In the early 1990s, construction investment overall in Japan consumed 18.2 percent of the gross national product, versus 12.4 percent in the United Kingdom and only 8.5 percent in the United States. Japan spent about 8 percent of its GDP on public works (versus 2 percent in the United States -- proportionally four times more). By 2000 it was estimated that Japan was spending about 9 percent of its GDP on public works (versus only 1 percent in the United States): in a decade, the share of GDP devoted to public works has risen to nearly ten times that of the United States. -- The colossal subsidies flowing to construction mean that the combined national budget devotes an astounding 40 percent of expenditures to public works (versus 8 to 10 percent in the United States and 4 to 6 percent in Britain and France). -- by 1998 it (the construction industry) employed 6.9 million people, more than 10 percent of Japan's workforce--more than double the relative numbers in the United States and Europe. Experts estimate that as many as one in five jobs in Japan depends on construction, if one includes work that derives indirectly from public-works contracts. -- In 1994, concrete production in Japan totaled 91.6 million tons, compared with 77.9 millions tons in the United States. This means that Japan lays about thirty times as much per square foot as the United States. -- By the end of the century...shoreline that had been encased in concrete has risen to 60 percent or more. -- There are more than a thousand controlled hazardous substances in the United States,...In Japan, as of 1994 only a few dozen substances were subject to government controls...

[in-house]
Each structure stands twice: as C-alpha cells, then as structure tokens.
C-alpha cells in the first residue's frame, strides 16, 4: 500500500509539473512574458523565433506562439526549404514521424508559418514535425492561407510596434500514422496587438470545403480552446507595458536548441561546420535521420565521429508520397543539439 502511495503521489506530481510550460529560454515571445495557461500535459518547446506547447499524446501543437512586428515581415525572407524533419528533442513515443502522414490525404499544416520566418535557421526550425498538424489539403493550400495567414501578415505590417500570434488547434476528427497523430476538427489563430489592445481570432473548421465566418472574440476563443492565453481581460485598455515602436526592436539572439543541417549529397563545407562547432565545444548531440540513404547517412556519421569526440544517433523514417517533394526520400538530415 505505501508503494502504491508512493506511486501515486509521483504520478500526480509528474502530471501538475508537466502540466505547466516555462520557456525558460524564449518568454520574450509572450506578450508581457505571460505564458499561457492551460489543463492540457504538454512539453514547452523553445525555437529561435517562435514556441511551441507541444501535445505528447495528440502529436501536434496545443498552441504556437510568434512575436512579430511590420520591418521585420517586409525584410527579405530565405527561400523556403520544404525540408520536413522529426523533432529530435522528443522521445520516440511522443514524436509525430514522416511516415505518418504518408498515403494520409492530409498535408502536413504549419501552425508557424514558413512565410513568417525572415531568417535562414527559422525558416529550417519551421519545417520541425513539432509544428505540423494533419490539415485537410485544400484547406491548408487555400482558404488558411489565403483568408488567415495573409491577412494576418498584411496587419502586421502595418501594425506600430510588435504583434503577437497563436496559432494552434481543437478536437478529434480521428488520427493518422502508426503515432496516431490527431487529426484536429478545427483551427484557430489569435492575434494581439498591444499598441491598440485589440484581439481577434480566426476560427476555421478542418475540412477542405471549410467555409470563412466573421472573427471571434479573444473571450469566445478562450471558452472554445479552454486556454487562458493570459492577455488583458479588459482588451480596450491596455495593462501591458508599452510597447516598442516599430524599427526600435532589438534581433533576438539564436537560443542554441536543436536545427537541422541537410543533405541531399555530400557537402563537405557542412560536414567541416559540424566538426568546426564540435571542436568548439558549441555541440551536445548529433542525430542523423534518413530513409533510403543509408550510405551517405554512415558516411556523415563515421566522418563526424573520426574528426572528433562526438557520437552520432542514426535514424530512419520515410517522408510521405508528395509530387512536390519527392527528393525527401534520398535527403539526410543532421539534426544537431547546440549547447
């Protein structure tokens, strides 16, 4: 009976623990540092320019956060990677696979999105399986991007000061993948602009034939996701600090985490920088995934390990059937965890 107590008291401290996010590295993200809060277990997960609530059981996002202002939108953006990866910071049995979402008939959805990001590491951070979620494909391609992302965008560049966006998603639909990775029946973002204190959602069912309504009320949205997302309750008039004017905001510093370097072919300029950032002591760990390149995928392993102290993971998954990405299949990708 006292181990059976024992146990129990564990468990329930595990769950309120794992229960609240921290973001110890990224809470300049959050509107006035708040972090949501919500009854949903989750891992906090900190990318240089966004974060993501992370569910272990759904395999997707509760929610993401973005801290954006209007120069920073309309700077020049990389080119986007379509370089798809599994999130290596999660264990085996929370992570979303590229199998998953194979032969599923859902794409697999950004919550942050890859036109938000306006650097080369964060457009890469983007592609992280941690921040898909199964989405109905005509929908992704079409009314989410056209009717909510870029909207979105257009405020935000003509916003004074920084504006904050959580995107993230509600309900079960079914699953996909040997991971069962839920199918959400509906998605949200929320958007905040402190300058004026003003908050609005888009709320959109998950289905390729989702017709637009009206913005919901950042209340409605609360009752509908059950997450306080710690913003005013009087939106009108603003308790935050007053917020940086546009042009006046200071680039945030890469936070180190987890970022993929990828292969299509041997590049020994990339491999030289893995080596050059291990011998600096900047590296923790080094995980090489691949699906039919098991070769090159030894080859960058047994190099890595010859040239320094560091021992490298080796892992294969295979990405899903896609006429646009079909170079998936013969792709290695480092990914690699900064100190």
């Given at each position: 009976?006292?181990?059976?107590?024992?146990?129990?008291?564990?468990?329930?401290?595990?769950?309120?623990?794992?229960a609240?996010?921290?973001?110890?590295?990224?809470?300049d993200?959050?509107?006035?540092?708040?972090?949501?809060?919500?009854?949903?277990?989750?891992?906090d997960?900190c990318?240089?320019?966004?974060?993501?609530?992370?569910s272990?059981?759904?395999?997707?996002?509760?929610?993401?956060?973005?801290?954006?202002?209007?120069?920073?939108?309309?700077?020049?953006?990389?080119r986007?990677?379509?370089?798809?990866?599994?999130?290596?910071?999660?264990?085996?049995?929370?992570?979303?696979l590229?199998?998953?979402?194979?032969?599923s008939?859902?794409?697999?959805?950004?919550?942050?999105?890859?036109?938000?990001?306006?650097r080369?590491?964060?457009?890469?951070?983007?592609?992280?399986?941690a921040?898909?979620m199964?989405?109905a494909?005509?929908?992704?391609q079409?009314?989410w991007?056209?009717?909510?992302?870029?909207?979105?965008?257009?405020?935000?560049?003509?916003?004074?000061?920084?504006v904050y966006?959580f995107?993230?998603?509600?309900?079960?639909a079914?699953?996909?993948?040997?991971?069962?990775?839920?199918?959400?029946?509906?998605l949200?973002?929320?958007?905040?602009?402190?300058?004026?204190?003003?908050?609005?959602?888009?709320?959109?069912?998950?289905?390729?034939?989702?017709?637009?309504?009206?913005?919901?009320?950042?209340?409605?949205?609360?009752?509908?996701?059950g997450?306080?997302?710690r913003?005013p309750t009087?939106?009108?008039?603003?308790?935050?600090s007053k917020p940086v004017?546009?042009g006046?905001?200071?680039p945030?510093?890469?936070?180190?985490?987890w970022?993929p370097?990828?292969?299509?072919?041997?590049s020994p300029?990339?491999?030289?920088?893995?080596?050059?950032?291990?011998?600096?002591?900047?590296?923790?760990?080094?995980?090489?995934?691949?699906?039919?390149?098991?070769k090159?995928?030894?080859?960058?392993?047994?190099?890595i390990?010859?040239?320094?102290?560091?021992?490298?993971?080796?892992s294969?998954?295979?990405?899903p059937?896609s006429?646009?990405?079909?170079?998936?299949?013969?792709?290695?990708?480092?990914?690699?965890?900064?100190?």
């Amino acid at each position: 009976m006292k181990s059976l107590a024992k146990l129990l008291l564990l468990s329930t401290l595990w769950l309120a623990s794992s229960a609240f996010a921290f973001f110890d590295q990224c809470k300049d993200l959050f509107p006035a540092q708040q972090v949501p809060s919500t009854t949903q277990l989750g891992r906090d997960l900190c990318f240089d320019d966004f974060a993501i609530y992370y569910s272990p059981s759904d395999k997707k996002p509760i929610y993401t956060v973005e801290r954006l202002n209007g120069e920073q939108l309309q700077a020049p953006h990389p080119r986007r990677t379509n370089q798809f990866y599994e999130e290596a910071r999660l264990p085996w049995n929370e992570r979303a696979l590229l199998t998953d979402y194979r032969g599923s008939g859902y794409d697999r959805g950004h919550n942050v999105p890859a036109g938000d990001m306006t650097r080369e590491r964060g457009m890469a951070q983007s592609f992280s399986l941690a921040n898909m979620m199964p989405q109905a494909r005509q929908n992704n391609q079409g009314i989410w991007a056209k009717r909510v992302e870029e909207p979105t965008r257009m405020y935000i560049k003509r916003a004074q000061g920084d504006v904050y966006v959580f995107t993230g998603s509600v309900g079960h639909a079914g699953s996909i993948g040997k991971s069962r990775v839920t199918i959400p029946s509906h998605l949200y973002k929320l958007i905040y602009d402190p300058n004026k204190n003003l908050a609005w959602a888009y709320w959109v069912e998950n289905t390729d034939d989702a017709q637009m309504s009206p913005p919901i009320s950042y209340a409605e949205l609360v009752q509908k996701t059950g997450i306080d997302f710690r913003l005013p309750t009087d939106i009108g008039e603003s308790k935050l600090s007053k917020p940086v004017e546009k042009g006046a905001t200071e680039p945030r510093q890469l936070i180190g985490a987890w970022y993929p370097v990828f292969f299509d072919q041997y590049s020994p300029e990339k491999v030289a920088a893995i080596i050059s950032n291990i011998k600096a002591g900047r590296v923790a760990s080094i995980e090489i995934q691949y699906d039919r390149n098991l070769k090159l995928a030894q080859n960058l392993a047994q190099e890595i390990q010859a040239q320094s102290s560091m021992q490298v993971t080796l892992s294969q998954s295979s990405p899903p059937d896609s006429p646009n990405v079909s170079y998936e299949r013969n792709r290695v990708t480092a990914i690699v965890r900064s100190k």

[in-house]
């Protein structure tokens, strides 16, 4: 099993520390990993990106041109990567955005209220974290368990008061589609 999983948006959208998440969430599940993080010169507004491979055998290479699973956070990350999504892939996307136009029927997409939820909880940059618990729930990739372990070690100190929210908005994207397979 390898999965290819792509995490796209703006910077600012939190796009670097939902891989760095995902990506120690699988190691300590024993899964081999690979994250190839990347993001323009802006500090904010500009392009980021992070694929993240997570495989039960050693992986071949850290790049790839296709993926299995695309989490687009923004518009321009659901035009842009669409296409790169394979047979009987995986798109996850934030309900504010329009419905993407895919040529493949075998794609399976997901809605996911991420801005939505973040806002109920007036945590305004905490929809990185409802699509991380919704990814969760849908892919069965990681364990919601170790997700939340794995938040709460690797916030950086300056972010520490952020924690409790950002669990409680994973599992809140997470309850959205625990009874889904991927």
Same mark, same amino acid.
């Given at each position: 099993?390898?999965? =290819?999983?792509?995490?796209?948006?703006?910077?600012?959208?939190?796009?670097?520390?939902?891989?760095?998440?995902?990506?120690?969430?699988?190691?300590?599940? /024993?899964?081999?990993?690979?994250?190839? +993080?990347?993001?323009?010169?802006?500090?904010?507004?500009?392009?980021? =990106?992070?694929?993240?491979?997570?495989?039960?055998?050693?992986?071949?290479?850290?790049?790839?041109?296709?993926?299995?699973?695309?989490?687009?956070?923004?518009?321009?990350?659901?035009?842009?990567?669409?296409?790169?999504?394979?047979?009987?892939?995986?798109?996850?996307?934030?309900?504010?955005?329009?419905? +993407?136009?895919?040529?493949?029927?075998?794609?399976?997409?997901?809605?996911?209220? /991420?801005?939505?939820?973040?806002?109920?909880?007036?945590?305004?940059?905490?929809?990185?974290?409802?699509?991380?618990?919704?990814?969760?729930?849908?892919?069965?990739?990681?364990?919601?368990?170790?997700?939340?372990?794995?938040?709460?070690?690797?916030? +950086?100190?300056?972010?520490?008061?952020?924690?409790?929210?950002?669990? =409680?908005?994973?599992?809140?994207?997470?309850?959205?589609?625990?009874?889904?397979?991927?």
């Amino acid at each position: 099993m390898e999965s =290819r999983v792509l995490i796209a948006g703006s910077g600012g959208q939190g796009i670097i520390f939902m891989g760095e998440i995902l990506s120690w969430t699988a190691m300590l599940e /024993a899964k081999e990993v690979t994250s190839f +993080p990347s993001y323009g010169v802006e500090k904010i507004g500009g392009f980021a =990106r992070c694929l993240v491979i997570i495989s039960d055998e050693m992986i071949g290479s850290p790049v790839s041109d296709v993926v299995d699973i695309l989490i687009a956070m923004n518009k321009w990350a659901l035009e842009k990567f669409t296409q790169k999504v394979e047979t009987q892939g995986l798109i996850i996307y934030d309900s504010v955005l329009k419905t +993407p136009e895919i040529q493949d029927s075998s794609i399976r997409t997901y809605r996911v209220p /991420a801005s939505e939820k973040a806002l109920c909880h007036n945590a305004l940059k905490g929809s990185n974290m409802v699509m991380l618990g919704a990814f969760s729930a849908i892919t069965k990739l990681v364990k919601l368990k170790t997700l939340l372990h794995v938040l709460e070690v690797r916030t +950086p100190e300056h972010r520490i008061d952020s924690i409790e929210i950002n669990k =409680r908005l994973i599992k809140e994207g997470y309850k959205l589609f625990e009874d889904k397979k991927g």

Japan spends more money on roads than on education and more on building hospitals than on paying doctors. Construction and politics in Japan are extremely intertwined. This I find it amusing when the new Prime Minister is the former president and from the family of one of the largest cement companies, Aso Cement. Nothing personal for or against PM Taro Aso, but it's just so clear. ;-)